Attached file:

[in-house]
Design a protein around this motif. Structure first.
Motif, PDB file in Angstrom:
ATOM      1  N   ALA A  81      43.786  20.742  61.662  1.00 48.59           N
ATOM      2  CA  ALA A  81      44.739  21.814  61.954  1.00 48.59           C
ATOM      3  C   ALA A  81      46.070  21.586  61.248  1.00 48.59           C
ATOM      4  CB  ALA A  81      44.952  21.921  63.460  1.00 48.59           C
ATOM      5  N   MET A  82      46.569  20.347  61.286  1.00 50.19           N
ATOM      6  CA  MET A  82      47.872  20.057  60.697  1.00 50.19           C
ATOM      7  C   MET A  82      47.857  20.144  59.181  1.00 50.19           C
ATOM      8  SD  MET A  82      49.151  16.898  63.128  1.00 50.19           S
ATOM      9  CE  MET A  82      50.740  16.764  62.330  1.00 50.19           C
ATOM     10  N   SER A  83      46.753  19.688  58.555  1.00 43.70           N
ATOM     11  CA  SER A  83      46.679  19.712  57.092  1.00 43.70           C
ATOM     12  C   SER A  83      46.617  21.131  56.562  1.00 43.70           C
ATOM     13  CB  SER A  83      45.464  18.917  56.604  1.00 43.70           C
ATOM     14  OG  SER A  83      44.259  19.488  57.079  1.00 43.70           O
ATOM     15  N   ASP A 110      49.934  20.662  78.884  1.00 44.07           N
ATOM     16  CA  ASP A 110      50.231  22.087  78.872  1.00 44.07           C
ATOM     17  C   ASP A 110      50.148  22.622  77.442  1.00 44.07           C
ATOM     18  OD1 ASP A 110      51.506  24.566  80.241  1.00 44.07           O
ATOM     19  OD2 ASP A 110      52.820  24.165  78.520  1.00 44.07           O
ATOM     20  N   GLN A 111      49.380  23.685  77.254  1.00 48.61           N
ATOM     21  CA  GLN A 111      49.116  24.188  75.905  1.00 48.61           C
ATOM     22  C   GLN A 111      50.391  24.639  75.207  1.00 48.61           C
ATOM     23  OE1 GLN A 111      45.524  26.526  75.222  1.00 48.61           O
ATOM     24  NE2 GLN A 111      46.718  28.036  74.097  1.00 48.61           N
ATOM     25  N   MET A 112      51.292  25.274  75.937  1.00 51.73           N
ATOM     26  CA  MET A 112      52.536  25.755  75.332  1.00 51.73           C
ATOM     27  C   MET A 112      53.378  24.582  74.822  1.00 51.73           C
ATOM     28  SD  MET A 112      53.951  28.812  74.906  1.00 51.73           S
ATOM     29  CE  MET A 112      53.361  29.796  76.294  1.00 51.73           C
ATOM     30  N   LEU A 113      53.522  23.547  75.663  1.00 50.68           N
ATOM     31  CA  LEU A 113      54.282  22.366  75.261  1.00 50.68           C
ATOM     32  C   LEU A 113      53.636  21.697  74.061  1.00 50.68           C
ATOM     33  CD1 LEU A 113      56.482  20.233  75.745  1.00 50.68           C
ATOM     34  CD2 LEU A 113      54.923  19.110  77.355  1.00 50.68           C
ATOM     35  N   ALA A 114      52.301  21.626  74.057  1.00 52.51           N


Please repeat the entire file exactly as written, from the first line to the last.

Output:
[in-house]
Design a protein around this motif. Structure first.
Motif, PDB file in Angstrom:
ATOM      1  N   ALA A  81      43.786  20.742  61.662  1.00 48.59           N
ATOM      2  CA  ALA A  81      44.739  21.814  61.954  1.00 48.59           C
ATOM      3  C   ALA A  81      46.070  21.586  61.248  1.00 48.59           C
ATOM      4  CB  ALA A  81      44.952  21.921  63.460  1.00 48.59           C
ATOM      5  N   MET A  82      46.569  20.347  61.286  1.00 50.19           N
ATOM      6  CA  MET A  82      47.872  20.057  60.697  1.00 50.19           C
ATOM      7  C   MET A  82      47.857  20.144  59.181  1.00 50.19           C
ATOM      8  SD  MET A  82      49.151  16.898  63.128  1.00 50.19           S
ATOM      9  CE  MET A  82      50.740  16.764  62.330  1.00 50.19           C
ATOM     10  N   SER A  83      46.753  19.688  58.555  1.00 43.70           N
ATOM     11  CA  SER A  83      46.679  19.712  57.092  1.00 43.70           C
ATOM     12  C   SER A  83      46.617  21.131  56.562  1.00 43.70           C
ATOM     13  CB  SER A  83      45.464  18.917  56.604  1.00 43.70           C
ATOM     14  OG  SER A  83      44.259  19.488  57.079  1.00 43.70           O
ATOM     15  N   ASP A 110      49.934  20.662  78.884  1.00 44.07           N
ATOM     16  CA  ASP A 110      50.231  22.087  78.872  1.00 44.07           C
ATOM     17  C   ASP A 110      50.148  22.622  77.442  1.00 44.07           C
ATOM     18  OD1 ASP A 110      51.506  24.566  80.241  1.00 44.07           O
ATOM     19  OD2 ASP A 110      52.820  24.165  78.520  1.00 44.07           O
ATOM     20  N   GLN A 111      49.380  23.685  77.254  1.00 48.61           N
ATOM     21  CA  GLN A 111      49.116  24.188  75.905  1.00 48.61           C
ATOM     22  C   GLN A 111      50.391  24.639  75.207  1.00 48.61           C
ATOM     23  OE1 GLN A 111      45.524  26.526  75.222  1.00 48.61           O
ATOM     24  NE2 GLN A 111      46.718  28.036  74.097  1.00 48.61           N
ATOM     25  N   MET A 112      51.292  25.274  75.937  1.00 51.73           N
ATOM     26  CA  MET A 112      52.536  25.755  75.332  1.00 51.73           C
ATOM     27  C   MET A 112      53.378  24.582  74.822  1.00 51.73           C
ATOM     28  SD  MET A 112      53.951  28.812  74.906  1.00 51.73           S
ATOM     29  CE  MET A 112      53.361  29.796  76.294  1.00 51.73           C
ATOM     30  N   LEU A 113      53.522  23.547  75.663  1.00 50.68           N
ATOM     31  CA  LEU A 113      54.282  22.366  75.261  1.00 50.68           C
ATOM     32  C   LEU A 113      53.636  21.697  74.061  1.00 50.68           C
ATOM     33  CD1 LEU A 113      56.482  20.233  75.745  1.00 50.68           C
ATOM     34  CD2 LEU A 113      54.923  19.110  77.355  1.00 50.68           C
ATOM     35  N   ALA A 114      52.301  21.626  74.057  1.00 52.51           N